One of the main takeaways from data from China is that it was reported that older adults are at higher risk from death due to complications from COVID-19 than younger people. Among the older adults, severity of illness was also associated with having serious underlying medical comorbidities. It was reported that about 80% of deaths occurred in adults age 60 or above. Most cases, around 80% were classified as mild, and one death was reported in a person 19 years of age or younger (0.1%) [22]. In the United States, about 49 million people are over 65 years of age.

A study of 125 hospitalized patients with COVID-19 showed 57 had an ischemic stroke, 39 patients had altered mental status, which included encephalitis, and encephalopathy. Ten of the patients carried a psychosis diagnosis, six had a dementia like presentation. The patients were between the age range of 20s to 90s, and although strokes were more common in older patients, half of those with altered mental status were under the age of 60 [23]. It remains unknown what is causing the neuropsychiatric effects, and further research is warranted to understand the neuropsychiatric sequela.

A meta-analysis of 3027 patients diagnosed with COVID-19 showed that being male, over 65, and smoking was associated with disease progression. Hypertension, diabetes, cardiovascular and respiratory disease were statistically significantly higher is critically ill patients. Clinical presentations such as fever, shortness of breath, and certain elevated laboratory values such as wbc, Cr, LDH, hypersensitive cardiac troponin I, PCT, and d-dimer can also be predictive of disease progression [24].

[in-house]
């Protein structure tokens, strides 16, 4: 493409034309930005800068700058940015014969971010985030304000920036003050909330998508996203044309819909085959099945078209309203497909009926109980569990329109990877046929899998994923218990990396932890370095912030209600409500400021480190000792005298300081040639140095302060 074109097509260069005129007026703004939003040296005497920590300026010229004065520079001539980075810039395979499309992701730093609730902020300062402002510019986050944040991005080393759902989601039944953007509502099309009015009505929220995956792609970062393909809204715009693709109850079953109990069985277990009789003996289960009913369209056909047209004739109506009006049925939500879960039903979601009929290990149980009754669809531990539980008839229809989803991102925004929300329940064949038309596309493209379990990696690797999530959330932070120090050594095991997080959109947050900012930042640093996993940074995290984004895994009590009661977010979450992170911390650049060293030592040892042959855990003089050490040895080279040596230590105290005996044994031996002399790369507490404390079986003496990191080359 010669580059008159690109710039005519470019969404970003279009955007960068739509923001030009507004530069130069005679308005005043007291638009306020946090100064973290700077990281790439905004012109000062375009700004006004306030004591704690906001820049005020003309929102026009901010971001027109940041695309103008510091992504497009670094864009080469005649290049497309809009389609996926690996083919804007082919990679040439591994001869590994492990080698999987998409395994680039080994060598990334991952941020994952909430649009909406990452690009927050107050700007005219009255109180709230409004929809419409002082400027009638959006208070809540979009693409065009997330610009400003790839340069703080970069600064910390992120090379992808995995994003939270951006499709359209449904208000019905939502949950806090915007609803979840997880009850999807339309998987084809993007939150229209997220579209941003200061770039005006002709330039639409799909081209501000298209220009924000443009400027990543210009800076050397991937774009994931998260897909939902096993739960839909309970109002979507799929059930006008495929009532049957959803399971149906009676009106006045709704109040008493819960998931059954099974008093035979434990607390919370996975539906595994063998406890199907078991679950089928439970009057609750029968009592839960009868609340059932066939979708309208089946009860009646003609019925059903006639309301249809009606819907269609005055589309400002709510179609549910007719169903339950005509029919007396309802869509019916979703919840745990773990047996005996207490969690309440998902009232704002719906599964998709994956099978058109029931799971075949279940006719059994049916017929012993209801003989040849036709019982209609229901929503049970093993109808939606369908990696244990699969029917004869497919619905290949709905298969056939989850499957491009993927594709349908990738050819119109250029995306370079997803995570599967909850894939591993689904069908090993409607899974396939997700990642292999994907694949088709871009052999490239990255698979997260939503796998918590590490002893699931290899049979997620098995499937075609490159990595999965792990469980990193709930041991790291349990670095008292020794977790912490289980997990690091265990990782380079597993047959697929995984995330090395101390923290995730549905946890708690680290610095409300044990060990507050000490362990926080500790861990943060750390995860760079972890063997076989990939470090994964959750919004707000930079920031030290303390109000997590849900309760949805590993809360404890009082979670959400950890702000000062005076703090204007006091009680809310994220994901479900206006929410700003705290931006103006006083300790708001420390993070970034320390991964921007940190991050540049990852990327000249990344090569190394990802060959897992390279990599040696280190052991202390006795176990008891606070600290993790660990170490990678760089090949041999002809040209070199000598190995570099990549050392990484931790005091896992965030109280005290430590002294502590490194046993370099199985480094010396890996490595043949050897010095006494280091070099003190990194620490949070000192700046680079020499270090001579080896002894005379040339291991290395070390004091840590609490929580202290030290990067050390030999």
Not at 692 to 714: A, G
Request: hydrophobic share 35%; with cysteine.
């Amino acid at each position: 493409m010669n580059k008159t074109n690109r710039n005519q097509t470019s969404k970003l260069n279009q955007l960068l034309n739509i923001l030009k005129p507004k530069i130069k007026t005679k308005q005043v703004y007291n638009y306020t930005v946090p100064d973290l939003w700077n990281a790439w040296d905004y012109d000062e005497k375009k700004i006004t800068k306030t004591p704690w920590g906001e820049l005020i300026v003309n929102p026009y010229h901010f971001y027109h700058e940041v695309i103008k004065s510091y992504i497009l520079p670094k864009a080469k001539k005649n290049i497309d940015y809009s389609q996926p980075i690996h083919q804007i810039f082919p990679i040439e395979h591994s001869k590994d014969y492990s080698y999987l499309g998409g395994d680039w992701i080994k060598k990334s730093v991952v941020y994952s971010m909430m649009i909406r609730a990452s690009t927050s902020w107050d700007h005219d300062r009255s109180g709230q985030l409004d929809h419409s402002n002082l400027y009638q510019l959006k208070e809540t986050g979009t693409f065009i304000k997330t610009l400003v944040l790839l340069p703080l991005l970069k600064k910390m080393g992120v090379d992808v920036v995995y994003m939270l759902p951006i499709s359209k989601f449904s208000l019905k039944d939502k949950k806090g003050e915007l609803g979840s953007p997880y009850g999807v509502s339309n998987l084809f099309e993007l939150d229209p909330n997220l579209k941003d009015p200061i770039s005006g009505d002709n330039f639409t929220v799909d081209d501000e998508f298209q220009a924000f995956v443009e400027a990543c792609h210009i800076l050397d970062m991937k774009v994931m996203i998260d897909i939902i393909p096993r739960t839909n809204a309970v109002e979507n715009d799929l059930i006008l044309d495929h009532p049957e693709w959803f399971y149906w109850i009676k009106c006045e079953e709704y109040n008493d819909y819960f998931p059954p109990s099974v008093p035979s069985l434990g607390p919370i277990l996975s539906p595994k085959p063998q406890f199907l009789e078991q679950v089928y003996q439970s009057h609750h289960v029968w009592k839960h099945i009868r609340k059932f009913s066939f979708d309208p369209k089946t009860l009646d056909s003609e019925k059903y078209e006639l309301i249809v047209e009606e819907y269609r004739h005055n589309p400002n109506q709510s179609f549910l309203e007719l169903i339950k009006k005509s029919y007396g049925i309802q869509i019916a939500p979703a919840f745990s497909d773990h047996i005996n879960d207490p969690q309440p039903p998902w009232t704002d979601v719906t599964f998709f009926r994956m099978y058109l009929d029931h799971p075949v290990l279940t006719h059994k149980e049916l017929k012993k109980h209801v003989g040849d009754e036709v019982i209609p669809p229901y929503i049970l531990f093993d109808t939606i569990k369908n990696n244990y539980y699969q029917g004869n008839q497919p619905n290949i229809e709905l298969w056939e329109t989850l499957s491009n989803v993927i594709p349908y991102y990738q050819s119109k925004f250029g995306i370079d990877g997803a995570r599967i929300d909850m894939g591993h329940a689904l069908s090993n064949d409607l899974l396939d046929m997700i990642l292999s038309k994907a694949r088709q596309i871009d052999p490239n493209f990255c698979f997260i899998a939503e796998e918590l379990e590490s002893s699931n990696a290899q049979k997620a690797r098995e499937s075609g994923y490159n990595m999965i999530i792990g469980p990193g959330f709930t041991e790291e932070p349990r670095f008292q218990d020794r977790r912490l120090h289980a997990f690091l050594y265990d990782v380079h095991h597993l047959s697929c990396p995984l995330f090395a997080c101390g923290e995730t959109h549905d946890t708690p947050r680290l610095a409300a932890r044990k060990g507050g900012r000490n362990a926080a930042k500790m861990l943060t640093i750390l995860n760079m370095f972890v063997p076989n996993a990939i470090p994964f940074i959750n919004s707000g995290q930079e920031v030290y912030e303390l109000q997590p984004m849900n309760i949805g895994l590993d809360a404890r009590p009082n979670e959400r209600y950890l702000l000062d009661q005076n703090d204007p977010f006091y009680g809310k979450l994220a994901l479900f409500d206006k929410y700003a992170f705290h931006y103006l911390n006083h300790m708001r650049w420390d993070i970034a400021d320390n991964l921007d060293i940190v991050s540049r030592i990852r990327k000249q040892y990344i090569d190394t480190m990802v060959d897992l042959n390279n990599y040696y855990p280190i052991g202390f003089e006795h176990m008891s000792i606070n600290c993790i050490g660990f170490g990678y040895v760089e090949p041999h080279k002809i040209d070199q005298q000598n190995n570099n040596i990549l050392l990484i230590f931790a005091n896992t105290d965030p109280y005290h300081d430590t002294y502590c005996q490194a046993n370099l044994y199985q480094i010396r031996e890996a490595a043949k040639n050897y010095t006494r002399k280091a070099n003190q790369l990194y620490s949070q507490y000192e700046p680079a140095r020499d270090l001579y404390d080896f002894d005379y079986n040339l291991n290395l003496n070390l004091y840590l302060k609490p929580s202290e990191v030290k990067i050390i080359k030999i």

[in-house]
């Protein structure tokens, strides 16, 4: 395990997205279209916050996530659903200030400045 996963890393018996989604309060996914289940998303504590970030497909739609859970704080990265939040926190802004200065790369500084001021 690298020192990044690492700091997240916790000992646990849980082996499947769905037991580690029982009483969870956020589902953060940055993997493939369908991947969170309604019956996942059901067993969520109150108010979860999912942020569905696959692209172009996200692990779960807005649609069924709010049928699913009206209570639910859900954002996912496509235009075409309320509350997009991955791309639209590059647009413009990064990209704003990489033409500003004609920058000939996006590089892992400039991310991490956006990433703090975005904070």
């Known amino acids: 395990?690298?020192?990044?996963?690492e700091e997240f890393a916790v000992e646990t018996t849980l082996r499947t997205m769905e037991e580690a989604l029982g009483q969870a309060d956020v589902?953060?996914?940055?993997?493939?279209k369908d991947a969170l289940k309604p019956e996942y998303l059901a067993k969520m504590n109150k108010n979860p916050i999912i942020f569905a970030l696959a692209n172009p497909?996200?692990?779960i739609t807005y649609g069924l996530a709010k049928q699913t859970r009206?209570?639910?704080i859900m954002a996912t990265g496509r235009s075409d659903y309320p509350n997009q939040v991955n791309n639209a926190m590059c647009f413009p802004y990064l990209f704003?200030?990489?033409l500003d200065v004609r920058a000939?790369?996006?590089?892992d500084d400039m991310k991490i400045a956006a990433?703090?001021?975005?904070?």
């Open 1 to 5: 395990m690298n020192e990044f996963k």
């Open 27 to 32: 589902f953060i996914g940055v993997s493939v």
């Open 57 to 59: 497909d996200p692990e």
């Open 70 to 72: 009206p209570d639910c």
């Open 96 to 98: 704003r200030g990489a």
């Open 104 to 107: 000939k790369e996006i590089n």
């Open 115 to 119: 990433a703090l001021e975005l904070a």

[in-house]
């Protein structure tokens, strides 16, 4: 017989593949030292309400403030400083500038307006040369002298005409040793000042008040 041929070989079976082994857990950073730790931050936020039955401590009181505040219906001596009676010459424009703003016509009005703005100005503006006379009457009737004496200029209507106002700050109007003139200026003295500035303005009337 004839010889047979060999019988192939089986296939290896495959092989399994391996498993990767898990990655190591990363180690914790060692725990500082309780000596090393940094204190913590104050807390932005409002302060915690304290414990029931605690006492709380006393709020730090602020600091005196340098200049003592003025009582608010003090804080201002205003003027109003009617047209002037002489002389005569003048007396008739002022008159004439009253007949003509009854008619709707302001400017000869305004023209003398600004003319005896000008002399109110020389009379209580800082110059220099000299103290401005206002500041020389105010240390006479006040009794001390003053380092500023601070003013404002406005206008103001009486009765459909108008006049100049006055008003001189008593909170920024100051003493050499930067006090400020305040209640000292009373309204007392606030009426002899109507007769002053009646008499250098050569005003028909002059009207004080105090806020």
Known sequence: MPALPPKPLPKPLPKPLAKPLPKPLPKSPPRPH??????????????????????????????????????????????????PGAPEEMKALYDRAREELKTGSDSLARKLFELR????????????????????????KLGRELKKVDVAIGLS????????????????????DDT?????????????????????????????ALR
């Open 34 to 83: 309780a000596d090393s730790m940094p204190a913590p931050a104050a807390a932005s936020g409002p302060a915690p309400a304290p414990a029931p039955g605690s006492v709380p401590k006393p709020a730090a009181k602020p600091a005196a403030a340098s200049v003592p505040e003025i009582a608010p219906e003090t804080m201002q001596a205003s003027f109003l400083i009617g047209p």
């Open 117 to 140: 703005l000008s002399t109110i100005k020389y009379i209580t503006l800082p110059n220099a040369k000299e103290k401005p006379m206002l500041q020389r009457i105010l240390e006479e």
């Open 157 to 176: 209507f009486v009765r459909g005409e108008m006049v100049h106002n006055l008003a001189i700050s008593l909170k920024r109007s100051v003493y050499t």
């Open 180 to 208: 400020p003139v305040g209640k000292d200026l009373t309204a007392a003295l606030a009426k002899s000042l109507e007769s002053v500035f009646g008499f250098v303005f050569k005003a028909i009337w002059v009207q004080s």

In one study, the incidence of stroke in COVID-19 patients was about 5% with a median age of 71.6. Patients who acquired stroke had a higher incidence of risk factors like hypertension, diabetes, previous cerebrovascular disease, coronary artery disease, and developing stroke was also associated with more severe disease. It is possible that elevated c-reactive protein and d-dimer, which indicate abnormalities in the coagulation pathway and an inflammatory state, may predispose one to develop stroke [25].

In the UK, in the aftermath of a crisis, the National Institute for Health and Care Excellence put forth guidelines recommending active monitoring of staff so that those who have mental health symptoms can be triaged to receive evidence-based treatment [20]. A similar model should be instituted in the United States to assure healthcare workers have access to mental health resources. There are some emerging networks that aim to provide emotional and social support to healthcare workers on the frontlines. One example is Physician Support Line, a hotline run by volunteer psychiatrists that physicians can call for emotional support.

High Risk Populations

It is important for psychiatrists to understand which population groups may be at higher risk for the development and mortality associated with COVID-19. We play a role in dissemination of knowledge of public health to our patients and providing information

As part of psycho educational efforts, the knowledge of the above information may be used to educate younger patients that although they may not necessarily contract severe illness, their elderly loved ones may. This may help bolster efforts to motivate patients to follow public health recommendations such as physical distancing, hand washing, wearing masks, etc.